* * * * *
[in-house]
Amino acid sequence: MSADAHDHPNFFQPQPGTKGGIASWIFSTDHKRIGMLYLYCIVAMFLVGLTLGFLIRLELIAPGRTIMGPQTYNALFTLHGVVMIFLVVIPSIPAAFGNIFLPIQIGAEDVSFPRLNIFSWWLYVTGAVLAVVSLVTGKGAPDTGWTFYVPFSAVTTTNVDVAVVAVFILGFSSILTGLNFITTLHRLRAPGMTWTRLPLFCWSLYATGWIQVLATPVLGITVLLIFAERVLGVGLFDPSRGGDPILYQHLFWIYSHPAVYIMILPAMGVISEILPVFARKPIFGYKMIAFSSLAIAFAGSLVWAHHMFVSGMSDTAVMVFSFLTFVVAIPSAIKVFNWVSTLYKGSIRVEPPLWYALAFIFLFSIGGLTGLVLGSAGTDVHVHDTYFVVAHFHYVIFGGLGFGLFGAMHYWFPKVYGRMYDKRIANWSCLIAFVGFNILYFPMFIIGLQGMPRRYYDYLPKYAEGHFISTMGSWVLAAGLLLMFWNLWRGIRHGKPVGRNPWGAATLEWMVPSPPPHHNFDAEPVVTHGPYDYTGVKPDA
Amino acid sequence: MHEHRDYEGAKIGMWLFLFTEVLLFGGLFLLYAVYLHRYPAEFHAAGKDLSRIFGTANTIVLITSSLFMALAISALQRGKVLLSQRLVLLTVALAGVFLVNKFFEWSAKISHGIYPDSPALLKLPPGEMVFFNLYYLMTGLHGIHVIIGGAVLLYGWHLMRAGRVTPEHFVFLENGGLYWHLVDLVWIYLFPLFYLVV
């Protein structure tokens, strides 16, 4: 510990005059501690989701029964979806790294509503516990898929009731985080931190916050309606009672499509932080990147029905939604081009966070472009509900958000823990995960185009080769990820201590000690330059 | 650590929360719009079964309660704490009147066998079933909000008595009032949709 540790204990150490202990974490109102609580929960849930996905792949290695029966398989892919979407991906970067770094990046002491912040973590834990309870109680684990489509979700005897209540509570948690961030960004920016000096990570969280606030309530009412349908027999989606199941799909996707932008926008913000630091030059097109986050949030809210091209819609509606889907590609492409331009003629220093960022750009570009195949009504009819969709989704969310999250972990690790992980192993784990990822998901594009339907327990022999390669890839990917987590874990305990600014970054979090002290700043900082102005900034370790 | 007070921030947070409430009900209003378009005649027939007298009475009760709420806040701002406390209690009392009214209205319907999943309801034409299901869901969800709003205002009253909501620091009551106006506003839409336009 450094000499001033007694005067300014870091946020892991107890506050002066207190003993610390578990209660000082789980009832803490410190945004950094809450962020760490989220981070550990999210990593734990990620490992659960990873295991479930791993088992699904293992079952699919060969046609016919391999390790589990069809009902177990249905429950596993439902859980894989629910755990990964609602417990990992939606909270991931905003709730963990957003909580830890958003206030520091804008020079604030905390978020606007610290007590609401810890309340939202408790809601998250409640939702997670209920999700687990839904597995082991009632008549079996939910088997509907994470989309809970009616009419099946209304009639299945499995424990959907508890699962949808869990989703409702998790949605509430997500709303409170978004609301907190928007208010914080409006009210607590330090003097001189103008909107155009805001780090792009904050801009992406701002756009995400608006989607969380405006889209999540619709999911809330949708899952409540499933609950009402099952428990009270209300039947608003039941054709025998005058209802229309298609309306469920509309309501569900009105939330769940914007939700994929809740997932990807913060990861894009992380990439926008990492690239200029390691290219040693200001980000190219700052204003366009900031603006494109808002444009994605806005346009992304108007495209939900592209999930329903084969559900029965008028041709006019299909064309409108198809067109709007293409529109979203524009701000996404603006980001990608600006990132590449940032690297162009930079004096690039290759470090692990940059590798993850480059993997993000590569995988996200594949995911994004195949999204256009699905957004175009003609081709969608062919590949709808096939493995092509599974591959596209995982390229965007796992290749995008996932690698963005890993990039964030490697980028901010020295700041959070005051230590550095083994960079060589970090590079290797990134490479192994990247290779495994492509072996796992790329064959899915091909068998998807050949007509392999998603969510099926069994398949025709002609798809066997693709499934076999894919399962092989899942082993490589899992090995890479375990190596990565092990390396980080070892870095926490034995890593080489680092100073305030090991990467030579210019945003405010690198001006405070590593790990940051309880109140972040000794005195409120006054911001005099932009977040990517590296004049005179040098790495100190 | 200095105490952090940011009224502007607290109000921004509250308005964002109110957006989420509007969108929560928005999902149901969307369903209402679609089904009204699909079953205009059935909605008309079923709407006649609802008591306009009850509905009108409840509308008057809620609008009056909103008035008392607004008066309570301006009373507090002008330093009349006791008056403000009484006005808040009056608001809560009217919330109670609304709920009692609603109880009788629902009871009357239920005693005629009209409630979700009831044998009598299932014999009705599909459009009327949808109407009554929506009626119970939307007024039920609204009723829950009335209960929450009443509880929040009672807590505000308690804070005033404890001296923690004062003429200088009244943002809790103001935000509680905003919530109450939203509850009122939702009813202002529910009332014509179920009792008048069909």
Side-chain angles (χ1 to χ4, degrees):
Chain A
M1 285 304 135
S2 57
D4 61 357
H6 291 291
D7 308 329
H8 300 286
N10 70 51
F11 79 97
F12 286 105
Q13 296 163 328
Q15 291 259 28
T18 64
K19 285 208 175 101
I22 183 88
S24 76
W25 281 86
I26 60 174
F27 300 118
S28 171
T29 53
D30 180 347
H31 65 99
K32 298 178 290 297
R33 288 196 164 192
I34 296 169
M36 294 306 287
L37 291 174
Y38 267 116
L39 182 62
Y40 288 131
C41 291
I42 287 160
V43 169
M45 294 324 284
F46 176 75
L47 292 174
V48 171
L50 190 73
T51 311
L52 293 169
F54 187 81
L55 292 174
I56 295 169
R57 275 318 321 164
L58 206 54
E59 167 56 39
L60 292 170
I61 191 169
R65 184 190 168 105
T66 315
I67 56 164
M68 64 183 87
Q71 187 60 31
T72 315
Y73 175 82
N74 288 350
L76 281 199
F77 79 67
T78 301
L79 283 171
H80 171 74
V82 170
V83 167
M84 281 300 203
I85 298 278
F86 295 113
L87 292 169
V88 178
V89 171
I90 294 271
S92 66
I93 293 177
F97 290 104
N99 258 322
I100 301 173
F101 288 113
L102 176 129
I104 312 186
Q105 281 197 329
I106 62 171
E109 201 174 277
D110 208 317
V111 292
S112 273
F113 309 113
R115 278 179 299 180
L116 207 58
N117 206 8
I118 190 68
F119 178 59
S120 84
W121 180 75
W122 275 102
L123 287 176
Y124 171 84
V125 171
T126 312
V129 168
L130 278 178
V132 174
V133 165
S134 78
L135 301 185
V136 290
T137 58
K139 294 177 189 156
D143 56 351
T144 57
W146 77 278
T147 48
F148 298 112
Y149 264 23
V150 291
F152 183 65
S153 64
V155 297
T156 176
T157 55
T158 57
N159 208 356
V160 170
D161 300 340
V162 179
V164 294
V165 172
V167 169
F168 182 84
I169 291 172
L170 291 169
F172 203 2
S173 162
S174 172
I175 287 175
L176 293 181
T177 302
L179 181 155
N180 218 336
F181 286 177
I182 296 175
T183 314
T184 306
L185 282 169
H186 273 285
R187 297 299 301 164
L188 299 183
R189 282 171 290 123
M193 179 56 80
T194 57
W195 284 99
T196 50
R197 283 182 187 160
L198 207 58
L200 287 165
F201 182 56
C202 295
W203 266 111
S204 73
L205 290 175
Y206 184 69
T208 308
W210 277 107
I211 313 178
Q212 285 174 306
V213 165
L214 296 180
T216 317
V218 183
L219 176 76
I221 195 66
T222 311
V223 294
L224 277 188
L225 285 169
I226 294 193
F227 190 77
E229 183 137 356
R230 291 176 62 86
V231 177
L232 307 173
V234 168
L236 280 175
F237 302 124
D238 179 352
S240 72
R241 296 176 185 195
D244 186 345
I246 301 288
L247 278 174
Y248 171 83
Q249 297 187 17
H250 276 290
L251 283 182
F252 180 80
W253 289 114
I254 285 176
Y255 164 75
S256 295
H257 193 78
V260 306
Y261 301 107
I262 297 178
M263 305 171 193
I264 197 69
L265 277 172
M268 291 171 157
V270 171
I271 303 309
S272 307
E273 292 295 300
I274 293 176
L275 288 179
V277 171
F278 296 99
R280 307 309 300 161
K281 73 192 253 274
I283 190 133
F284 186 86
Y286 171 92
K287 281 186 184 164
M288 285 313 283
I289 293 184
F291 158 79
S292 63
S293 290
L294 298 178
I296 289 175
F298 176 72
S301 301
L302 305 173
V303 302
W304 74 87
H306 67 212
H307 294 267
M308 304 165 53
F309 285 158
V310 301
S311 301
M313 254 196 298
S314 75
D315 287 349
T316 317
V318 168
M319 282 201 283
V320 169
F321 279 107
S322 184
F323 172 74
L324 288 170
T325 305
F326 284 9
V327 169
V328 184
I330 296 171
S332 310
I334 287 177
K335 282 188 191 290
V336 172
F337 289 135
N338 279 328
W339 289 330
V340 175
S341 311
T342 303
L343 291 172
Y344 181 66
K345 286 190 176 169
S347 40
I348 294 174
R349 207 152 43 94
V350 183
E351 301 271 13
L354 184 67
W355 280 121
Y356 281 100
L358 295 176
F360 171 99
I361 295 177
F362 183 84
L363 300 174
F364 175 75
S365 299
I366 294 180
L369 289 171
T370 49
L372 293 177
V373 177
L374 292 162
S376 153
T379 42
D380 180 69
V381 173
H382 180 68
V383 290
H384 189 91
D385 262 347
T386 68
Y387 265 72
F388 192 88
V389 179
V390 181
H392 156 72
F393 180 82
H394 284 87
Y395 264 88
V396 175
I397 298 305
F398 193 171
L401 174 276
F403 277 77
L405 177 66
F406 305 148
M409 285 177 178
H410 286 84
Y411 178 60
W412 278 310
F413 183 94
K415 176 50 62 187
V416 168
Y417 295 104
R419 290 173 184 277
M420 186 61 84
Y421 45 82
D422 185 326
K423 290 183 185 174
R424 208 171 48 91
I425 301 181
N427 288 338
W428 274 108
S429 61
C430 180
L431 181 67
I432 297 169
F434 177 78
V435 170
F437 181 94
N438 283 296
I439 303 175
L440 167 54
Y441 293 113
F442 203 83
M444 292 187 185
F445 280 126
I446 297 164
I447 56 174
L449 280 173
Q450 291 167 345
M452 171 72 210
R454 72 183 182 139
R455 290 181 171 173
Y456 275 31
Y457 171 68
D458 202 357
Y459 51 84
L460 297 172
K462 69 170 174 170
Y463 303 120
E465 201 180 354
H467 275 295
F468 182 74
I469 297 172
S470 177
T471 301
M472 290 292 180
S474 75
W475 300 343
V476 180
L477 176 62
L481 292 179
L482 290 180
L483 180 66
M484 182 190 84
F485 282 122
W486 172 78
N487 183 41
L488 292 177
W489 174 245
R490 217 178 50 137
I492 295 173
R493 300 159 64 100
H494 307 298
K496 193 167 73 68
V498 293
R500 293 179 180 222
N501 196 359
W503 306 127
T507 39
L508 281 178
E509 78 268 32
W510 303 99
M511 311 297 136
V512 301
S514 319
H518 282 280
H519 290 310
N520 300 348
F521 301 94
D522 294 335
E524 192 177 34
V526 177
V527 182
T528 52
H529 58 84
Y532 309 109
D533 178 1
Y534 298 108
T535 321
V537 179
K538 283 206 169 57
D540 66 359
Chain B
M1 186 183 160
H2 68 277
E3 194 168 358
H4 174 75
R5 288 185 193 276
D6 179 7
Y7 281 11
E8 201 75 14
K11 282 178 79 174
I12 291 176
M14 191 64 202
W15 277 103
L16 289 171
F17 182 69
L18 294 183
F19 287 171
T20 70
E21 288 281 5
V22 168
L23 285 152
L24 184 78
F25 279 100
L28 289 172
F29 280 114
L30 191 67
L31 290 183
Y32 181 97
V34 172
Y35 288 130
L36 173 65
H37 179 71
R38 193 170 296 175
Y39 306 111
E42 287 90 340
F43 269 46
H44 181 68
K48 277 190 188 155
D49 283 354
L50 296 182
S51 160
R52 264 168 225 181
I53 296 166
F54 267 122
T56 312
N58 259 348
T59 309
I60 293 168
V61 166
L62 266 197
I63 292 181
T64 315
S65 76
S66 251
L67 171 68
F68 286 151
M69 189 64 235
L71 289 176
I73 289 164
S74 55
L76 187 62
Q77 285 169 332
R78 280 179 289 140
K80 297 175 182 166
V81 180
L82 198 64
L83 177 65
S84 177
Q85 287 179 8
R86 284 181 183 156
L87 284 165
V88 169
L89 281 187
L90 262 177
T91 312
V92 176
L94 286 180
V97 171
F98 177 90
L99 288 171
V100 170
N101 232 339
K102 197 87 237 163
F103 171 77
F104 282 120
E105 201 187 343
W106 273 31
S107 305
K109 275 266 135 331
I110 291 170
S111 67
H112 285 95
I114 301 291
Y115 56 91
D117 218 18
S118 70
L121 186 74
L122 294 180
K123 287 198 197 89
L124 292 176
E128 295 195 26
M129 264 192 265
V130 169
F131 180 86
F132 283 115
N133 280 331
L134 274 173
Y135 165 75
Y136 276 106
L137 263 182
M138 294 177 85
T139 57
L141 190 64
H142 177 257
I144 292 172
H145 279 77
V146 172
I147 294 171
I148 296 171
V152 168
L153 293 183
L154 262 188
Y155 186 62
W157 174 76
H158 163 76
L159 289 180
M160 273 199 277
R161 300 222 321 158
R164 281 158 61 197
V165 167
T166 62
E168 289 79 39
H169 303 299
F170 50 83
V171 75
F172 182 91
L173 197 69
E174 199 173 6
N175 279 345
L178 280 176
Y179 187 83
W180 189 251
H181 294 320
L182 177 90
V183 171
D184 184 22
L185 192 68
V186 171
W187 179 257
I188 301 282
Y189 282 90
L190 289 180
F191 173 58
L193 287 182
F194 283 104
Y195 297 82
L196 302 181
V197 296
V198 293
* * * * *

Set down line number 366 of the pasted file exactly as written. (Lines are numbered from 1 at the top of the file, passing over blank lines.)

I469 297 172